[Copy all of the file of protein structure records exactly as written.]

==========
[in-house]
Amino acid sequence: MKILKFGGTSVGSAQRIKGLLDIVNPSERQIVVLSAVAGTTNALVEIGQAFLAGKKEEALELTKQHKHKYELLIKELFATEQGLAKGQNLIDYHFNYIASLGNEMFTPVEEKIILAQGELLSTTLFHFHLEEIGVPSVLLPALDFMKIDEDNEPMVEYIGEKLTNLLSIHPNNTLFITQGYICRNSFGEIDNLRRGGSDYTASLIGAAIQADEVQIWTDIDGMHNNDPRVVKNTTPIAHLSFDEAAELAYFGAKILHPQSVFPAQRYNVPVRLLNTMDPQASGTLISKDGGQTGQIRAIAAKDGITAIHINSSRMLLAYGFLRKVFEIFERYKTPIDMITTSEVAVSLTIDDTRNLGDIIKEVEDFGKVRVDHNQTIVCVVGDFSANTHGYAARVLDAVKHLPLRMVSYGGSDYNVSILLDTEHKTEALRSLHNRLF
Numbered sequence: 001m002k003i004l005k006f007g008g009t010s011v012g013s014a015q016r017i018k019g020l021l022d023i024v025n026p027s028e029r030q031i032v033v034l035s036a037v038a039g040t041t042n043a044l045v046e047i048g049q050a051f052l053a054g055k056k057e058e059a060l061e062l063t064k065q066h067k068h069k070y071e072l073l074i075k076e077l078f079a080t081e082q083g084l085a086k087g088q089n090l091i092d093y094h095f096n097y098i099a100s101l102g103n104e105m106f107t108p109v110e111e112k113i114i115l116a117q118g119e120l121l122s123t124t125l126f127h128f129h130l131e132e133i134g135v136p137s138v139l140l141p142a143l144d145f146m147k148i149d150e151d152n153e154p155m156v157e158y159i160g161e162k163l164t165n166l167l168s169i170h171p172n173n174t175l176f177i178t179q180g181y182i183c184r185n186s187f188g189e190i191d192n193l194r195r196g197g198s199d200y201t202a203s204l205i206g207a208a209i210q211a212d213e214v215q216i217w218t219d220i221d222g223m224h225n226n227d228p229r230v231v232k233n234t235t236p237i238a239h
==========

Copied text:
[in-house]
Amino acid sequence: MKILKFGGTSVGSAQRIKGLLDIVNPSERQIVVLSAVAGTTNALVEIGQAFLAGKKEEALELTKQHKHKYELLIKELFATEQGLAKGQNLIDYHFNYIASLGNEMFTPVEEKIILAQGELLSTTLFHFHLEEIGVPSVLLPALDFMKIDEDNEPMVEYIGEKLTNLLSIHPNNTLFITQGYICRNSFGEIDNLRRGGSDYTASLIGAAIQADEVQIWTDIDGMHNNDPRVVKNTTPIAHLSFDEAAELAYFGAKILHPQSVFPAQRYNVPVRLLNTMDPQASGTLISKDGGQTGQIRAIAAKDGITAIHINSSRMLLAYGFLRKVFEIFERYKTPIDMITTSEVAVSLTIDDTRNLGDIIKEVEDFGKVRVDHNQTIVCVVGDFSANTHGYAARVLDAVKHLPLRMVSYGGSDYNVSILLDTEHKTEALRSLHNRLF
Numbered sequence: 001m002k003i004l005k006f007g008g009t010s011v012g013s014a015q016r017i018k019g020l021l022d023i024v025n026p027s028e029r030q031i032v033v034l035s036a037v038a039g040t041t042n043a044l045v046e047i048g049q050a051f052l053a054g055k056k057e058e059a060l061e062l063t064k065q066h067k068h069k070y071e072l073l074i075k076e077l078f079a080t081e082q083g084l085a086k087g088q089n090l091i092d093y094h095f096n097y098i099a100s101l102g103n104e105m106f107t108p109v110e111e112k113i114i115l116a117q118g119e120l121l122s123t124t125l126f127h128f129h130l131e132e133i134g135v136p137s138v139l140l141p142a143l144d145f146m147k148i149d150e151d152n153e154p155m156v157e158y159i160g161e162k163l164t165n166l167l168s169i170h171p172n173n174t175l176f177i178t179q180g181y182i183c184r185n186s187f188g189e190i191d192n193l194r195r196g197g198s199d200y201t202a203s204l205i206g207a208a209i210q211a212d213e214v215q216i217w218t219d220i221d222g223m224h225n226n227d228p229r230v231v232k233n234t235t236p237i238a239h